As If It Weren't Complex Enough…
Maybe it's this spring that just can't manage to arrive, but lots
of us are feeling things are oddly out of balance. As many of
you know, usually at this time of year we'd be looking to talk
about the meaning of Easter and seasons and cycles and getting
our hands back into the earth again. Phoenicia's named for a bird
that rose from its own ashes, and it's not that we're not interested
this spring in resurrection, but maybe we'll come back to it next
year. For us, for now, the war's changed things. Look at what's
going on over in Iraq.
Thousands of men and women are fighting and dying with a courage
that can't be taught or explained or really even understood by
most of us. And while that's certainly true of our extraordinarily
professional and committed Americans and Brits on the front lines,
it might even be true for some Iraqis, fighting what they know
is a hopeless battle. It's not that they're stupid. What courage
some of them have shown comes from a faith that allows them to
believe what they're doing makes sense. It's true we'll never
understand why some are willing to blow themselves up to make
a point, or send their pregnant wives out to do it for them. Still,
we're about to occupy a city of 5 million, a fair number of whom
are going to fall into that category. So call it psychotic or
whatever, but we might want to at least try and understand a little
about what in God's name and however God is pronounced, we're
dealing with over there.
Most Iraqis and Iranians are Shi'ites, and their whole concept
of history is that it's basically one big protest against intolerable
repression and secular authority. Forget that over in Iran they've
created a state based on repression by religious authority; hey,
making sense isn't one of the criteria for setting up a government.
Most of these people aren't and probably never were fans of Saddam
Hussein. What's interesting though about both their worldview
and that of the Sunni Moslems in Baghdad, is that they're both
seeing the war in a way that's almost exactly parallel to the
way President Bush and our country's political - though thankfully
not our military - leadership is seeing it; as a spiritual battle
in a very specific historical and prophetic context. What's really
weird is that both sides see it as the same battle, and both sides
are sure they're on the side of history and of the angels.
This is a time when any of us who feel sure the war's "really"
about one specific thing or another - global terrorism or chemical
and biological weapons, or democracy or regional politics or oil
or whatever - we might want to also try to stay open to another
way of seeing what's going on, because our President, Saddam Hussein
and Osama Bin Ladin all apparently do. Yes, the war is about those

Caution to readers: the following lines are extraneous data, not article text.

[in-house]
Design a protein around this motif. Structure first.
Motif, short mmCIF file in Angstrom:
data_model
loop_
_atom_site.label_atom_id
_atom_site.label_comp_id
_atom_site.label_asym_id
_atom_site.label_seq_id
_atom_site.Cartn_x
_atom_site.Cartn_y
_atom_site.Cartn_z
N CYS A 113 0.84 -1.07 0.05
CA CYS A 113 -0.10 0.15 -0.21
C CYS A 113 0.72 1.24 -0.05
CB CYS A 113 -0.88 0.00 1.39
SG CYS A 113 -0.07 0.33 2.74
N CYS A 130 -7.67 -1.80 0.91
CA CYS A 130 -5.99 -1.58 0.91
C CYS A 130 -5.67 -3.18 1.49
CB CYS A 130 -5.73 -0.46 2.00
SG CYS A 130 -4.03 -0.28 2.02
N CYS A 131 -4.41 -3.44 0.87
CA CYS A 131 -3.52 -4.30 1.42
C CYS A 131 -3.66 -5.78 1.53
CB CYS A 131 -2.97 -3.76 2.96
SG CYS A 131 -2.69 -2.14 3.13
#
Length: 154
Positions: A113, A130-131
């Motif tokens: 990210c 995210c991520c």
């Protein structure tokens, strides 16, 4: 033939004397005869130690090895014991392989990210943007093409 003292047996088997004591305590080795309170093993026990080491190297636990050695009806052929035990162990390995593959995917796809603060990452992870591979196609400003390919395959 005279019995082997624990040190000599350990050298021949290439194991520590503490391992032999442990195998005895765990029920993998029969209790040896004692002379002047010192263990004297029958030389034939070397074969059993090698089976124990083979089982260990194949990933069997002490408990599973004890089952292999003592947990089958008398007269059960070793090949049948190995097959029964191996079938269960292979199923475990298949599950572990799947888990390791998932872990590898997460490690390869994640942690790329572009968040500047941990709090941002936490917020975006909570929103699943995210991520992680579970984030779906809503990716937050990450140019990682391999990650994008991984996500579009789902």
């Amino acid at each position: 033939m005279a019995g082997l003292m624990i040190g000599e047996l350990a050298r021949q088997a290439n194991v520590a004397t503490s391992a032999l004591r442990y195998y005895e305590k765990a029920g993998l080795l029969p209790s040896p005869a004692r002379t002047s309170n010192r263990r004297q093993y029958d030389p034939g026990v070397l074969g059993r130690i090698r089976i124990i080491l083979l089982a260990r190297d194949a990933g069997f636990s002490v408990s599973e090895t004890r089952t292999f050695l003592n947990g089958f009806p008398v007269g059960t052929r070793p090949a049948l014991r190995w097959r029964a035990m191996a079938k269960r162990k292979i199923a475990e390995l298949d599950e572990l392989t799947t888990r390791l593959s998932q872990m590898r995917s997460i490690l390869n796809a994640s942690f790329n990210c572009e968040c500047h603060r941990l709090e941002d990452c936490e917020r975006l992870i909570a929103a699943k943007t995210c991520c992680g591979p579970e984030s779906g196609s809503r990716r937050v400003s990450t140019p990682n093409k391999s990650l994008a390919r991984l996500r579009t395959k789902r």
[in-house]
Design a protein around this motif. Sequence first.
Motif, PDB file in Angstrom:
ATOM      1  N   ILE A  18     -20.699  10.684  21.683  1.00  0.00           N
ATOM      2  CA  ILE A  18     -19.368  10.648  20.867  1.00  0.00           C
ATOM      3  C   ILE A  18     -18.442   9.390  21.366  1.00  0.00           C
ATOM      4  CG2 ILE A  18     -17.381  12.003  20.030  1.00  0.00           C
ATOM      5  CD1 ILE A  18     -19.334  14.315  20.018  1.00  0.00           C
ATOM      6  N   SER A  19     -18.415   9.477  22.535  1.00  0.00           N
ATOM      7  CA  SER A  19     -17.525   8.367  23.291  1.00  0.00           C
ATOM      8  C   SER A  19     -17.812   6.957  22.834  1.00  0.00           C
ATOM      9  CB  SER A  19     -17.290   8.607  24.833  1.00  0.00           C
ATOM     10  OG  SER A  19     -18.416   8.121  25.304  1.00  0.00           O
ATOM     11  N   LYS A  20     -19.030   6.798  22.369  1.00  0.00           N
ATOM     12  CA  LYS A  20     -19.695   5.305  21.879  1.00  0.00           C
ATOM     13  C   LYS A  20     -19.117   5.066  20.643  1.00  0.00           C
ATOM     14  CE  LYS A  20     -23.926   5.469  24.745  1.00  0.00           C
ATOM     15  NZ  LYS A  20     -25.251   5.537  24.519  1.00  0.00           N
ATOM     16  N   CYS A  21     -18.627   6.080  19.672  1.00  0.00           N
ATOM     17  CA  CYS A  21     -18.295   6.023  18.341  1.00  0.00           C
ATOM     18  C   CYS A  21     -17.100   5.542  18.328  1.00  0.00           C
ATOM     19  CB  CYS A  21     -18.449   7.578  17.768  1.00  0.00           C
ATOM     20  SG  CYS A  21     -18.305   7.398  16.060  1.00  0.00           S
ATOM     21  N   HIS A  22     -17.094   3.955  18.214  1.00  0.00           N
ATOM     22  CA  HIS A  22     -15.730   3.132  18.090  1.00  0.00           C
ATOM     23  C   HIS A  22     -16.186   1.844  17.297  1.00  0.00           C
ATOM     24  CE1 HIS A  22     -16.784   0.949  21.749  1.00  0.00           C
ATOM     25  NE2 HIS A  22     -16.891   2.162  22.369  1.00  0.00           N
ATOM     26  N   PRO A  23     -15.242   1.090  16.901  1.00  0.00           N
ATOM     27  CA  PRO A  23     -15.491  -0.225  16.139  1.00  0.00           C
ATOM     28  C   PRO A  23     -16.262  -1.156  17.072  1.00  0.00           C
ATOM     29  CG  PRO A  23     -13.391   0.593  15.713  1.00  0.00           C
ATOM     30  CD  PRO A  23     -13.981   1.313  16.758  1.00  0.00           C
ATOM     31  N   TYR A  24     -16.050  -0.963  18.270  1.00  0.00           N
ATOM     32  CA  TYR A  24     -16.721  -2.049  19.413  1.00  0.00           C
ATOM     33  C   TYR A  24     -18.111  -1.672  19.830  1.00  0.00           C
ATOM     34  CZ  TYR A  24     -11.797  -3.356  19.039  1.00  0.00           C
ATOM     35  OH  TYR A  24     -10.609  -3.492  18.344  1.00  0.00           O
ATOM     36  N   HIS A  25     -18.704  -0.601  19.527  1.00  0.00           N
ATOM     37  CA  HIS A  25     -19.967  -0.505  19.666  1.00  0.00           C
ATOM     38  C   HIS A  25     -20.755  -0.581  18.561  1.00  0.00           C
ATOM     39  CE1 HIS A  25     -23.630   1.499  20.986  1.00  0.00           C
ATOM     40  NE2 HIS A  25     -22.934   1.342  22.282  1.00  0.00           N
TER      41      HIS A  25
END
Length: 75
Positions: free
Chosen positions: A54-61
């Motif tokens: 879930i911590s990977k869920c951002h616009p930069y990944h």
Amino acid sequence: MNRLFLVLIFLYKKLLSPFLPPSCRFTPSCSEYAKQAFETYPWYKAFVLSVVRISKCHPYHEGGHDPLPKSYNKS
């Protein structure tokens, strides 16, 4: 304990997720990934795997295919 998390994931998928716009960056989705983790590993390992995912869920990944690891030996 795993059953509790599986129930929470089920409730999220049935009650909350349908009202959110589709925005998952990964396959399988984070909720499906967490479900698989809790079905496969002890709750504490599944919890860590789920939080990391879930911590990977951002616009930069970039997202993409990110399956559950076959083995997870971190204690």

things. But for them, it's also about the convergence of some
Christian and Islamic worldviews on the subject of, yikes, the
Second Coming, the Messiah, or in Arabic, "Al Madhi".
In fact in the Sunni tradition of Iraq, the Second Coming of Jesus
is actually a big part of their prophecy, as it's he who's supposed
to establish the rule of justice on earth so the Madhi can arrive.
And actually one of the big theological beefs between the Shi'ites
and Sunnis is whether it's Jesus or Al-Madhi that gets to kill
al-Dajjal, the Devil. And how, according to their scripture and
commentary, do the Iraqis KNOW, for sure, who the Devil is? Easy
: The Devil will tempt people by bringing food and water which
will be in short supply when he comes, along with other temptations.
And those things will be a test for sifting the true believers
of God from the false ones.
O - kay. Good thing we've got all that humanitarian aid rolling
in. We sure wouldn't want them to mistake us for, whoa, wait a
minute. So this lunacy or theology or whatever….this is
what our armed forces are actually dealing with now: Many Iraqis
who are ecstatic at our arrival, and others including maniacs
from throughout the Arab world, ready to die in an instant for
the privilege of killing some of us. Our people have done an extraordinary
job thus far, in what's probably the most difficult position any
military's ever had to fight in. They've shown an amazing sensitivity
to situations and cultural values in a way few armies have ever
been called on to do. And they've done it while fulfilling their
mission brilliantly, proving their ability to try and make peace
almost as well as they wage war. Watching them, the pride we all
share is justified, and it's a testament to the strength of who
we as Americans really are. And yet, religious psychosis is going
to stay at the center of whatever happens next.
Does Saddam Hussein think he's the prophesized Mahdi? Maybe he
does (or did), and maybe so does Osama bin Ladin. The speculation's
as rife in some Christian circles as in Moslem ones. Remember
when the Iranians started calling America "The Great Satan"?
That's what they were talking about; we're the Devil in the prophesized
war that ushers in the next stage in human history. As anti-Americanism
intensifies throughout the Islamic world, listen for the chants
of Al-Dajjal and Al Madhi. When you hear them, remember it means
the history we're making now makes perfect sense to them, as they
prepare for the end of days.
This is sobering stuff for Easter and Passover, a chilling reminder
that our world is frighteningly complex and just barely balanced.
It's possible soon the sea of hatred will part, and all of our
brave people will come home to us. It's more likely however the
Battle of Baghdad is but an early one in a war that's barely begun.
If ever our people far from home need our prayers, it's now. And
more concretely, some of their families may be struggling more
than we've thought about, including financially. So please think,
ask, and offer. It's a time when just trying to be there for one
another may be the best we can do.